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Methodology - Data analysis

The first author received the completed hard-copy surveys and entered each one into the online survey engine with the already completed online surveys. The survey engine tallied results and provided descriptive statistics for each question.

The phone interviews were transcribed by the first author as she conducted them. Next, she read through the responses question-by-question several times to identify themes. Simultaneously, the second author was given the transcripts and also analyzed them for themes question-by-question. For example, on the question about how students felt about the 15-hour requirement, results were tallied for those who felt it was a reasonable expectation and those who felt it was unreasonable. After determining the two perspectives, we looked to see why they felt that way and how many were in each category (i.e. favorable and unfavorable expectation). If a response fell into a neutral category, that was also considered. The first two authors compared results. We discovered inter-rater reliability was greater than 90%.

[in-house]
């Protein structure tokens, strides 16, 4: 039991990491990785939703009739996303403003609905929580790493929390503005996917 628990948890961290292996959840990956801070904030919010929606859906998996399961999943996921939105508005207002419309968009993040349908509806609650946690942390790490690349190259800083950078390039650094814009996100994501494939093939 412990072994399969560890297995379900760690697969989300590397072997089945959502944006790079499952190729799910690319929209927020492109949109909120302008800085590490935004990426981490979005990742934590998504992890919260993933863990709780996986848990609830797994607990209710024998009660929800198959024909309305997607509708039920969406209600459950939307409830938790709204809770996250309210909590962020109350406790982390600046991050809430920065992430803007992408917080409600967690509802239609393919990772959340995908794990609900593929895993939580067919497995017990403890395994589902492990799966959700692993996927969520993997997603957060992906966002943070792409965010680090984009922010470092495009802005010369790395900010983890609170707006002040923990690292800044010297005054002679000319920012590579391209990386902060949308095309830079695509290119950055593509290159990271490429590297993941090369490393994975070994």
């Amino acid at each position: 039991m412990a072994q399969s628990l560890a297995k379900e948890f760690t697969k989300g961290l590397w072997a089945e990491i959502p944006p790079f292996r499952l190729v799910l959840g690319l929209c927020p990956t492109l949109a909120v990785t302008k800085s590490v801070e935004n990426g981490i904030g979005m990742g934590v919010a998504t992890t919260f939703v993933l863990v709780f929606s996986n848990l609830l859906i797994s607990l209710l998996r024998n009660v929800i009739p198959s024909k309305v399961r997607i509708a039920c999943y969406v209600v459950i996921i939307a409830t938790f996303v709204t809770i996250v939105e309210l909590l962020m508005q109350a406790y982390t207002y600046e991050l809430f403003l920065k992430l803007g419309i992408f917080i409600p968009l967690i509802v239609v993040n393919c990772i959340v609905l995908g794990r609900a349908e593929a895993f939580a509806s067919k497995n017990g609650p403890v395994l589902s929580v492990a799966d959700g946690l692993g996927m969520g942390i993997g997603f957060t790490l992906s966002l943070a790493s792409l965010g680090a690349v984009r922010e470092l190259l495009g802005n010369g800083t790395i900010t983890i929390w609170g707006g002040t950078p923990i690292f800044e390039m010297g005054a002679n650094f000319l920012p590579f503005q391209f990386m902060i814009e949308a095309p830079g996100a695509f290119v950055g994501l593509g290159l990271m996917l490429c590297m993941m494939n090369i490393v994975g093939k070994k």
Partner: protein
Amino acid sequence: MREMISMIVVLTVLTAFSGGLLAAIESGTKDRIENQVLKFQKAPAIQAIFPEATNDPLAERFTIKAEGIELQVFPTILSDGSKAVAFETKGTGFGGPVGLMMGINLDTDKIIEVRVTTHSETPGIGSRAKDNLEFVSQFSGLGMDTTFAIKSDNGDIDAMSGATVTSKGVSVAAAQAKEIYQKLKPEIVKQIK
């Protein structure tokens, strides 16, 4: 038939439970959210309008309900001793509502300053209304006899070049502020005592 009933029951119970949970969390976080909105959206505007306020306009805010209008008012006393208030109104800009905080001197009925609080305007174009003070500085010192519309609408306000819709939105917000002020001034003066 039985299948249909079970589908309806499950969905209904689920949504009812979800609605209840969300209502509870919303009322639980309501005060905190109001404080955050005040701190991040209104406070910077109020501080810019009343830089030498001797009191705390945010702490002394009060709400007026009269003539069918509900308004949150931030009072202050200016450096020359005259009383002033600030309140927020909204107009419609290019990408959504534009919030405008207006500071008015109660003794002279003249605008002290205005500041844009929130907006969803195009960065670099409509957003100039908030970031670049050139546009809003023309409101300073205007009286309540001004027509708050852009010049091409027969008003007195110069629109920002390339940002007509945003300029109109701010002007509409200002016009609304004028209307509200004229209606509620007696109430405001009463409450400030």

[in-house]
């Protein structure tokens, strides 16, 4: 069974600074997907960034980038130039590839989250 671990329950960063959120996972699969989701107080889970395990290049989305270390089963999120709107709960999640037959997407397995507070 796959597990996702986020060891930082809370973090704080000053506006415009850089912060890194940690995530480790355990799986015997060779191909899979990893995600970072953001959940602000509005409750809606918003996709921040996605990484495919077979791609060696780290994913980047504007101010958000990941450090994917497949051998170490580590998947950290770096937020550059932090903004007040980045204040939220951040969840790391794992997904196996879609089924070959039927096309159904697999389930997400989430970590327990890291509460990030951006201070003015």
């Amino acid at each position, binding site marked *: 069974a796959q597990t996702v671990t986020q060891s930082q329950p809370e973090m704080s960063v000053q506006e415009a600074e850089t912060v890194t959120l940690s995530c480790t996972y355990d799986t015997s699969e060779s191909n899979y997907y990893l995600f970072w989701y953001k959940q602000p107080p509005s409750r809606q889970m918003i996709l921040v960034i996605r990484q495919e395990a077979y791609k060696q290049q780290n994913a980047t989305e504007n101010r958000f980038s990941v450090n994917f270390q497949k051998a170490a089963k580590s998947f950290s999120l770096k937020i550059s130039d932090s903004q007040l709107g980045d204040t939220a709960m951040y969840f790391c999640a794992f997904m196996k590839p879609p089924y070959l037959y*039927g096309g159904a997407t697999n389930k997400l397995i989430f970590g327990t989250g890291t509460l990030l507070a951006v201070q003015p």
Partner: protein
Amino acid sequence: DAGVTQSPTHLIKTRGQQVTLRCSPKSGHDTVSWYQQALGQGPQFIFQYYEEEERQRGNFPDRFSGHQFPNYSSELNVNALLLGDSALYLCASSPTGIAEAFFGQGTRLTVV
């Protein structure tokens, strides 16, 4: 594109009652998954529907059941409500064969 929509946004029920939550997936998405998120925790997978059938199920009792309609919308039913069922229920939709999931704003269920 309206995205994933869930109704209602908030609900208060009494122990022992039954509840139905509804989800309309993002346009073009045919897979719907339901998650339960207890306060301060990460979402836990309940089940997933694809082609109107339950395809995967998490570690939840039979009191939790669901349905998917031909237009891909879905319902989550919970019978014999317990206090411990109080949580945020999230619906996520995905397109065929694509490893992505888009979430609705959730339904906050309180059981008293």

In sum, a mixed-methods design (Johnson & Onwuegbuzie, 2004) was used to study the variables gleaned from the quantitative (survey) and qualitative (interview) measures to construct a deeper understanding of adults who participate in online GED adult education. The quantitative survey of a sample of adult learners and instructors was matched to interviews of a smaller sample of learners to triangulate with and elaborate upon survey responses.


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